Campaign seeks arrest of ex-CIA legal chief who authorized drone attacks
A group of human rights lawyers working in cooperation with relatives of the victims of US drone attacks in Pakistan is calling for an international arrest warrant to be served on former CIA legal counsel John A. Rizzo on charges of murder.
The first step in their effort will be the filing of an information report next week at a police station in the Pakistani capital of Islamabad on behalf of relatives of two people killed in drone strikes in 2009. According to the Guardian, the report will “allege Rizzo should be charged with conspiracy to murder a large number of Pakistani citizens.”
Rizzo, who retired from the CIA in 2009, told Newsweek in an interview last winter that he was the person who signed off on the CIA’s “lethal operations.” “It’s basically a hit list,” Rizzo explained. “The Predator is the weapon of choice, but it could also be someone putting a bullet in your head.”
Rizzo has also described himself as having been “up to my eyeballs” in the “enhanced interrogation” program conducted by the Bush administration at its network of CIA secret prisons. It was his request for clarification on permissible interrogation techniques that led to the issuing of John Yoo’s infamous “torture memo” in August 2002.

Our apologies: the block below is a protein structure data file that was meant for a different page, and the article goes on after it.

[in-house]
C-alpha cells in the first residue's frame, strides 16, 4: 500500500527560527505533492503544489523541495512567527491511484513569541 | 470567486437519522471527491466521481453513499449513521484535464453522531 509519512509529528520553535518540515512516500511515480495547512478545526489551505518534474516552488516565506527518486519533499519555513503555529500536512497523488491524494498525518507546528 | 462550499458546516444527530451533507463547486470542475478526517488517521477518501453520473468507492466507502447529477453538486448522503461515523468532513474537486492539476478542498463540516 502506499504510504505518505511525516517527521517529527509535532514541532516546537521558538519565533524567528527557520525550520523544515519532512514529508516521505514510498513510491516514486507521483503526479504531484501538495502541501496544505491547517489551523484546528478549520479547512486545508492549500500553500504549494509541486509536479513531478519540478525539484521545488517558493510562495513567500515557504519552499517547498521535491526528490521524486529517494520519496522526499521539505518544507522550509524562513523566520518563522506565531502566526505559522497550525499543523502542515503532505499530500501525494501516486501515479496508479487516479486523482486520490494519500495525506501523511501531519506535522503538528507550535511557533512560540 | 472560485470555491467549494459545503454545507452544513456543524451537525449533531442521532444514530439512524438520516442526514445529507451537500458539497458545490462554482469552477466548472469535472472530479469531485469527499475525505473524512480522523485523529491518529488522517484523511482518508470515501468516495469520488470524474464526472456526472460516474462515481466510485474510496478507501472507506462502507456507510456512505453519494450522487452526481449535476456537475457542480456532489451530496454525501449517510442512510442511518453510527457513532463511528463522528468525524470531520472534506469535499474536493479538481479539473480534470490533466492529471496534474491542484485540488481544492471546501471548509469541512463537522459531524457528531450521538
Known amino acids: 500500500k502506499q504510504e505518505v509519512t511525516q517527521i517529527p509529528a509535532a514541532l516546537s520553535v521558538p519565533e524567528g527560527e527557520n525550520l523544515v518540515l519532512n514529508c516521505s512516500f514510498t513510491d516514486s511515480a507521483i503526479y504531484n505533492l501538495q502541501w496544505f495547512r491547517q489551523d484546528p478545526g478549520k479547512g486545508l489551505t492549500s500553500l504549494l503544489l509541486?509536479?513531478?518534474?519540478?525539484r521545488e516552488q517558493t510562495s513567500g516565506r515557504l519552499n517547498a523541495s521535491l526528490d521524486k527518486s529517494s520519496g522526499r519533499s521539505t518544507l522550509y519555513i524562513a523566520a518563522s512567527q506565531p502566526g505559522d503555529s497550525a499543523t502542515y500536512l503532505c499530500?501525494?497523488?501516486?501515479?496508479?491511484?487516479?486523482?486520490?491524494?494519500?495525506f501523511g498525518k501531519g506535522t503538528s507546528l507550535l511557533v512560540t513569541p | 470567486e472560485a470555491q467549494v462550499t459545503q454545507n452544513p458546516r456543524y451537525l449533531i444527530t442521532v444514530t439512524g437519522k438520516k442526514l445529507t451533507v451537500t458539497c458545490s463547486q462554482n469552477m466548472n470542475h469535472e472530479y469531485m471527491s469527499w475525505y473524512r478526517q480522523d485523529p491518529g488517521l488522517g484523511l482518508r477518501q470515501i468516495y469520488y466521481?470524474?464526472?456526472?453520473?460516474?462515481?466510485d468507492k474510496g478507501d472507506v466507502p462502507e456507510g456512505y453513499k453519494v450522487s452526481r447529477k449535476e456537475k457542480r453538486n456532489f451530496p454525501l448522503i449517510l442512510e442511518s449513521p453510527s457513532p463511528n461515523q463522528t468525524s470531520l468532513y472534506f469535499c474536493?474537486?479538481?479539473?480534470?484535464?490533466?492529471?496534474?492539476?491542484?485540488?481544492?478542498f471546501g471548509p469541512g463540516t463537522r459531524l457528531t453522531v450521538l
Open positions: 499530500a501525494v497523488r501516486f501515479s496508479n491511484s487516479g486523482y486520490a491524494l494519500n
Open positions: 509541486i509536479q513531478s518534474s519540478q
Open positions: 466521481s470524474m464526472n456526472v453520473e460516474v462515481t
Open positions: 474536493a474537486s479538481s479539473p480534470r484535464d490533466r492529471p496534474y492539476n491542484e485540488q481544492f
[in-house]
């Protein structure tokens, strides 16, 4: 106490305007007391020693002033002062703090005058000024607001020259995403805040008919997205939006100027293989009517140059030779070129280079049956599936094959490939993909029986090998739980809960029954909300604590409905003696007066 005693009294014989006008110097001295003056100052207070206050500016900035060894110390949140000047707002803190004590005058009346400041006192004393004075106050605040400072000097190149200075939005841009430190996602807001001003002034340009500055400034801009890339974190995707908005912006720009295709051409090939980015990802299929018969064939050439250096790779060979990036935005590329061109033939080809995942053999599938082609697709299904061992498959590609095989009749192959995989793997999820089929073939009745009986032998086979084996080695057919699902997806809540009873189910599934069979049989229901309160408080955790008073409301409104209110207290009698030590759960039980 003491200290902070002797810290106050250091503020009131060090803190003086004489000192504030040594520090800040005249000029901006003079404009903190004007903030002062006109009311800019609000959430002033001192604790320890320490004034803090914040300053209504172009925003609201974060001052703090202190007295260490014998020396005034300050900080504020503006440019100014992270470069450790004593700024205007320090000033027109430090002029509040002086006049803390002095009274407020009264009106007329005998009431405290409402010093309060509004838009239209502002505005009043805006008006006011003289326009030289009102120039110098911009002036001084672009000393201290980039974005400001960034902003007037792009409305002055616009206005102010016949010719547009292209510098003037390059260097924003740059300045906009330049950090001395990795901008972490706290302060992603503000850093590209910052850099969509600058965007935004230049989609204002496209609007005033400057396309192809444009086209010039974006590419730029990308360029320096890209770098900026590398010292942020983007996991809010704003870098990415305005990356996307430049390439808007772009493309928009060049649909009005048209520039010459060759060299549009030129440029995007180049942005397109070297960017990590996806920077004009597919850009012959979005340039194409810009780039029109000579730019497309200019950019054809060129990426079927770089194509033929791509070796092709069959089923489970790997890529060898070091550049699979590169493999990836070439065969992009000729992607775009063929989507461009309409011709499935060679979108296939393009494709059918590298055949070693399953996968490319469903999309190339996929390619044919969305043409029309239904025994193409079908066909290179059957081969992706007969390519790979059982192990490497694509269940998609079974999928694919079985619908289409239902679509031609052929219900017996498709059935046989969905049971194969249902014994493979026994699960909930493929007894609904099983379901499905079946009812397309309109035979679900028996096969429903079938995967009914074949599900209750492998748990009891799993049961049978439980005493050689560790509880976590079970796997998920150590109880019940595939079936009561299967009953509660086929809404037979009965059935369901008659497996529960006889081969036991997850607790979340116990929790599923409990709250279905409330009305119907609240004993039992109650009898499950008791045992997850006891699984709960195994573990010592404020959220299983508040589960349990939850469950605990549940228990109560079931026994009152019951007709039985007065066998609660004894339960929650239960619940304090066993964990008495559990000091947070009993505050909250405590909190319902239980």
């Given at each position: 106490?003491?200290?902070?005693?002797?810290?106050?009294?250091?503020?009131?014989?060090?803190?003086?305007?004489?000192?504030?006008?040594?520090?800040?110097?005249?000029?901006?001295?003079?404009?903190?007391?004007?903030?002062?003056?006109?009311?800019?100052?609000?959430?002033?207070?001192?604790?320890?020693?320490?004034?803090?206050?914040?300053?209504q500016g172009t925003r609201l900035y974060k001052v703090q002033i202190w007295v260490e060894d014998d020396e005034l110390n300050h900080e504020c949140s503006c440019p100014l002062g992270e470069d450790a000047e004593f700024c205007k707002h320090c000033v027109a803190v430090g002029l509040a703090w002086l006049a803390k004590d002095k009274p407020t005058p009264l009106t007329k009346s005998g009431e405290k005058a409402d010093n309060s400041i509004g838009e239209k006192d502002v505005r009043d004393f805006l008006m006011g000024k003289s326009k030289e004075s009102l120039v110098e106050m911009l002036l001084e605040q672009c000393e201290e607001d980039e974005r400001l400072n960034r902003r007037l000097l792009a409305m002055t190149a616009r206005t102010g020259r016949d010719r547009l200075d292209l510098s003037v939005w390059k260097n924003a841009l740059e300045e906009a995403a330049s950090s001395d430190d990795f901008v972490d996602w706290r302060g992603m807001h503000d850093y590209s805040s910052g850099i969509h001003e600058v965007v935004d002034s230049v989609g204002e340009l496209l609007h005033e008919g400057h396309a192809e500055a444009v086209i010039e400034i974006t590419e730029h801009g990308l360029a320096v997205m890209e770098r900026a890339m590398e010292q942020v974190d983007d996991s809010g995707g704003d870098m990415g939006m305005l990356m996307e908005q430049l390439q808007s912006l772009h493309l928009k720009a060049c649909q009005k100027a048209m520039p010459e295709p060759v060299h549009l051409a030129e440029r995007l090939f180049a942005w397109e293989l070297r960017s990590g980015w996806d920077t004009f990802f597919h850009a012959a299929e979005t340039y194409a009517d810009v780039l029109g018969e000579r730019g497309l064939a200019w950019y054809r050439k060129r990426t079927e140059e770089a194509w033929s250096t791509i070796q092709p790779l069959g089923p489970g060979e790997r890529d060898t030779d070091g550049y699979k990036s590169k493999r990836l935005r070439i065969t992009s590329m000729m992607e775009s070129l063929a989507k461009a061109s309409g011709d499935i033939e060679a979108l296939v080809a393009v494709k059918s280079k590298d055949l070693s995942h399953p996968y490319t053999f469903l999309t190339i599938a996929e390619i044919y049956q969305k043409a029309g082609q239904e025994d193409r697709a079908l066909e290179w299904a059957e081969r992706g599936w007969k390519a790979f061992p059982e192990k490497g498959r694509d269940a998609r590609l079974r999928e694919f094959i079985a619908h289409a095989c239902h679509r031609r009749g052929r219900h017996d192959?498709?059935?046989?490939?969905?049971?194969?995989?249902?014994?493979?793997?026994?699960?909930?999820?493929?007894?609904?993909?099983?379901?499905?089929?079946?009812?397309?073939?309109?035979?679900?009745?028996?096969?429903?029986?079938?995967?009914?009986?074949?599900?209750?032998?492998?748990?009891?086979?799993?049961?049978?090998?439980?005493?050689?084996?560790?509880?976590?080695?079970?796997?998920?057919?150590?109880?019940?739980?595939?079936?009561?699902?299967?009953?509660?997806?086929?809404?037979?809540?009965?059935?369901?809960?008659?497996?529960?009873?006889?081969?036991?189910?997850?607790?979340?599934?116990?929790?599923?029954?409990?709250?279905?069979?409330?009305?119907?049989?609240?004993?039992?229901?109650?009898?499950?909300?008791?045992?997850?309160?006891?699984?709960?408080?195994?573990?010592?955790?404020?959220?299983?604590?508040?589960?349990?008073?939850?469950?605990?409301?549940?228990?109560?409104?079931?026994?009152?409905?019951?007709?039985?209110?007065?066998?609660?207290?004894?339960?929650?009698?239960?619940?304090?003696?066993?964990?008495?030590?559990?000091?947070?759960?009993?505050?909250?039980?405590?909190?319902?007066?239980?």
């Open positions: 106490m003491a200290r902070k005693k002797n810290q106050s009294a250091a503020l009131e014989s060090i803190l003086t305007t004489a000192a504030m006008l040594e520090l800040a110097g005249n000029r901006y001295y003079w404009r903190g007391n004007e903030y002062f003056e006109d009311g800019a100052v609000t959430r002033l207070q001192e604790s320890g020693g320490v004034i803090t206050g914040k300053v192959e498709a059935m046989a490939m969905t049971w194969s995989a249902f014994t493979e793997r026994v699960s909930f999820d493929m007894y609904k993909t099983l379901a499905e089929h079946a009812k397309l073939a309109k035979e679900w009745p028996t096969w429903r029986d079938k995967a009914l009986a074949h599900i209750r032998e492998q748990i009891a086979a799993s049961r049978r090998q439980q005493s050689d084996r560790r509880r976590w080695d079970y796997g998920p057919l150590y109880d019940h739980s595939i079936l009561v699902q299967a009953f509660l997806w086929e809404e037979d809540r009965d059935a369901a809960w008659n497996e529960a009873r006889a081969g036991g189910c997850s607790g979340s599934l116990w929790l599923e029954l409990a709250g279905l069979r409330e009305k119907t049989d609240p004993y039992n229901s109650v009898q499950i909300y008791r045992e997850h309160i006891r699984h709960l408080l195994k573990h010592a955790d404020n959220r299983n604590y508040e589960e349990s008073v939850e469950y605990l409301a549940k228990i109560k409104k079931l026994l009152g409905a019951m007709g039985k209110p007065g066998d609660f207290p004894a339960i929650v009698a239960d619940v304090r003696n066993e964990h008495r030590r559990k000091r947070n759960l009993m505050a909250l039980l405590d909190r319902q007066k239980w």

The campaign against Rizzo is being led by British lawyer Clive Stafford Smith, the founder of Reprieve, who is well known for his opposition to the death penalty in the U.S. and for having filed lawsuits on behalf of over a hundred Guantanamo detainees. The US drone attacks are his latest cause.
“‘Bugsplat,'” Smith tweeted sarcastically this Tuesday. “Typically tasteful official US military term for killing people with drone missile.”
Although the United States insists that no more than a few dozen Pakistani non-combatants have been killed in drone attacks targeted at militants, other sources put the number around 1000 and Smith offers an estimate of 2500.
“The issue here is that this is not a war,” Smith explained to the Guardian. “There is zero chance, given the current political situation in Pakistan, that we will not get a warrant for Rizzo. The question is what happens next. We can try for extradition and the US will refuse. Interpol, I believe, will have to issue a warrant because there is no question that it is a legitimate complaint.”
“The pursuit of Rizzo will further damage US-Pakistani relations, which are already under severe strain following years of drone attacks and the killing of Osama bin Laden in May,” the Guardian notes in conclusion.